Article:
ESPN Is Going To Think About Considering Making Sure Nothing Like What Didn't Happen To Bruce Feldman Ever Happens AgainS

"The recent flap over Bruce Feldman's non—suspension..." wrote ESPN's Poynter-approved ombudsperson, Kelly McBride, and already with that one jargony semi-word, "flap," we were in the Klein bottle of journalism about journalism by journalists for nobody. "To date, this is the most complicated ESPN issue we've tackled at the Poynter Review Project." Good luck!

This weird, loud, itty-bitty whatever-it-was about Feldman — OK, fine: flap — is confusing and boring, and confusing because it's boring, and it is valuable only as an illustration of how completely overmatched the Good Journalism people are by the enormity of ESPN.

If you want to care about the details, McBride reported that Feldman was not suspended. He was just told to stop doing his job for a while. Totally different. "A suspension is a disciplinary action involving human resources, a record in your file and not being allowed onto the company premises for..." Zzzzz. OK. Where were we?

Principles! It was a bad idea for an ESPN reporter to be collaborating on a book project with a former coach who was suing ESPN, McBride wrote. Someone should have gotten Feldman to cut ties with Mike Leach, once Leach filed his lawsuit: "[T]he conflict was untenable, and it was ESPN's responsibility to recognize that."

But McBride had already established that attributing "responsibility" to an entity called "ESPN" is essentially meaningless:

At a company as big as ESPN, with dozens of vice presidents, it's not surprising that communication is complicated. [Rob] King, who was recently promoted to a position that includes editorial supervision of the magazine, learned last week for the first time that Feldman was writing the book. [Gary] Hoenig, head of publications, said he knew all along but had to refresh his memory on what decisions were made. [Chad] Millman is new to his title, as well, and is still transitioning into the magazine's lead editorial role.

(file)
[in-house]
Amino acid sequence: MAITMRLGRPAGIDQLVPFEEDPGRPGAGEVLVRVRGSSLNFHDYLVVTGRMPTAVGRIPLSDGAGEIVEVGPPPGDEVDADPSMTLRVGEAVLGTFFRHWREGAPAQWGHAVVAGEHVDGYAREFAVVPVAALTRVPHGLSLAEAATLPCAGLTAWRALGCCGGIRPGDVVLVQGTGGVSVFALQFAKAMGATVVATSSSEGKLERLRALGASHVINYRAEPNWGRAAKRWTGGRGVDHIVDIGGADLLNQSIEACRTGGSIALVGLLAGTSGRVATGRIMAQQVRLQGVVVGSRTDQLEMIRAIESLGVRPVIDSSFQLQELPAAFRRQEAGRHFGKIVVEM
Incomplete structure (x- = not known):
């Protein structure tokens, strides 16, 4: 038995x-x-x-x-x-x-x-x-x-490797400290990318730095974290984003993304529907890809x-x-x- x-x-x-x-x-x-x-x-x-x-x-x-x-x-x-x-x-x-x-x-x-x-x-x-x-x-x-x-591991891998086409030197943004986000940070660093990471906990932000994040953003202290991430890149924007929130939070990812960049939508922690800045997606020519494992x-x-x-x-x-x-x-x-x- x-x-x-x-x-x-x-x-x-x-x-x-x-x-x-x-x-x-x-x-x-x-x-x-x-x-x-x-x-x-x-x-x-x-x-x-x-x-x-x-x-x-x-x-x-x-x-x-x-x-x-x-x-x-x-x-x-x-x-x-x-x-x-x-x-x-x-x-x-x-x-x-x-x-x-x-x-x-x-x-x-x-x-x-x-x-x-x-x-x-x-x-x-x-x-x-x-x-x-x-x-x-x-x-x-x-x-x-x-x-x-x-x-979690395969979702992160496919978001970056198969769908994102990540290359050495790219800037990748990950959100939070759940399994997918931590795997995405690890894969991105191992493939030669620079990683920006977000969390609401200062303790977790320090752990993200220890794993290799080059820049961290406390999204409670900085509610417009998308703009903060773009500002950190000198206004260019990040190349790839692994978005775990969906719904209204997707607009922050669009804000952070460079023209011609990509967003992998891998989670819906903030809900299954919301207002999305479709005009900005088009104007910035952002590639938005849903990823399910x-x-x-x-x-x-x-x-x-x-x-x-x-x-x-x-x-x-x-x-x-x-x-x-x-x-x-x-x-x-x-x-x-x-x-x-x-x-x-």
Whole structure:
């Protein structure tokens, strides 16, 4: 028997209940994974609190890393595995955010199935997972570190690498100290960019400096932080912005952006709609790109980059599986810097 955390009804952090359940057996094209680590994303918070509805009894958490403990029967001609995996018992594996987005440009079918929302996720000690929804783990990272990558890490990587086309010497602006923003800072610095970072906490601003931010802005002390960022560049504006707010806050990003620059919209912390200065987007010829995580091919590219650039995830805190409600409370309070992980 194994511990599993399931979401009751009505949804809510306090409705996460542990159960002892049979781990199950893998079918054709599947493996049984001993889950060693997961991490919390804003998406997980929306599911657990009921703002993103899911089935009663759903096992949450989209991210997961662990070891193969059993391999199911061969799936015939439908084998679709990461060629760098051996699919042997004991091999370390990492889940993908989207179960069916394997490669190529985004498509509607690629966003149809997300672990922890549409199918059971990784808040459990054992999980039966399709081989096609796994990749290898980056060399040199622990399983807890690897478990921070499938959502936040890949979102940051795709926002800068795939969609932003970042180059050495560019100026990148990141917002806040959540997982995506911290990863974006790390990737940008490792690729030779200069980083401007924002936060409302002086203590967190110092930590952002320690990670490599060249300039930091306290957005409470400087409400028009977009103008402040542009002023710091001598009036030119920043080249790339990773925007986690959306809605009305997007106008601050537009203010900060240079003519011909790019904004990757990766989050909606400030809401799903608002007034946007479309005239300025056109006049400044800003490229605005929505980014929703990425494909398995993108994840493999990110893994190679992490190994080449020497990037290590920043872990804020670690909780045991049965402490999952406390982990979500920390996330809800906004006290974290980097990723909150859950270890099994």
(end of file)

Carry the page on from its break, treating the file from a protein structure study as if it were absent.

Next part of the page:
And that is just the cluster of people who are supposed to be thinking about whether a writer should keep writing a book with a former coach who is suing the network. What about the other side of the conflict of interest, in which ESPN has gotten itself sued by a former coach in a sport it both covers and televises, after a conflict between the coach and one of ESPN's analysts, who is the father of one of the athletes who played for the coach in the sport that ESPN both covers and televises?

How many vice presidents were thinking about that? And what conclusions would Poynter advise them to have reached, if they had been better able to communicate with each other? Rather than digging into all that, McBride referred readers to what her predecessor, Don Ohlmeyer, had written about the Leach situation. Because the Leach case is a snooze, let's just read instead what Ohlmeyer wrote in his first column as ESPN's neutral-party in-house critic:

Under the category of disclosure, back in the 1980s and '90s I had my own company. It included a full-service advertising agency and production, marketing and consulting arms, with clients such as the NFL, NHL and MLB. We were hired by ESPN as a consultant. The company was a joint venture with Nabisco Brands, and, as part of our consulting arrangement, purchased 20 percent of ESPN. I represented that interest on ESPN's board. Those were the early years of what would become the "Worldwide Leader in Sports" — when it was still carving its niche and deciding what it wanted to be when it grew up. My business relationship with ESPN ended in the late '80s when KKR took over RJR Nabisco and sold the 20 percent interest to Hearst. In 1993, I sold the sports portion of my company to ESPN.

More disclosure: One of my sons has worked at ESPN Regional Television for 15 years as a producer/director. He's made a great career for himself. If one of his shows requires comment in this space, I'll be sure to remind you. As the saying goes, "A conflict disclosed is not a conflict."

What were we talking about? Oh, Bruce Feldman. McBride concluded that reporters should not help sports figures write their autobiographies.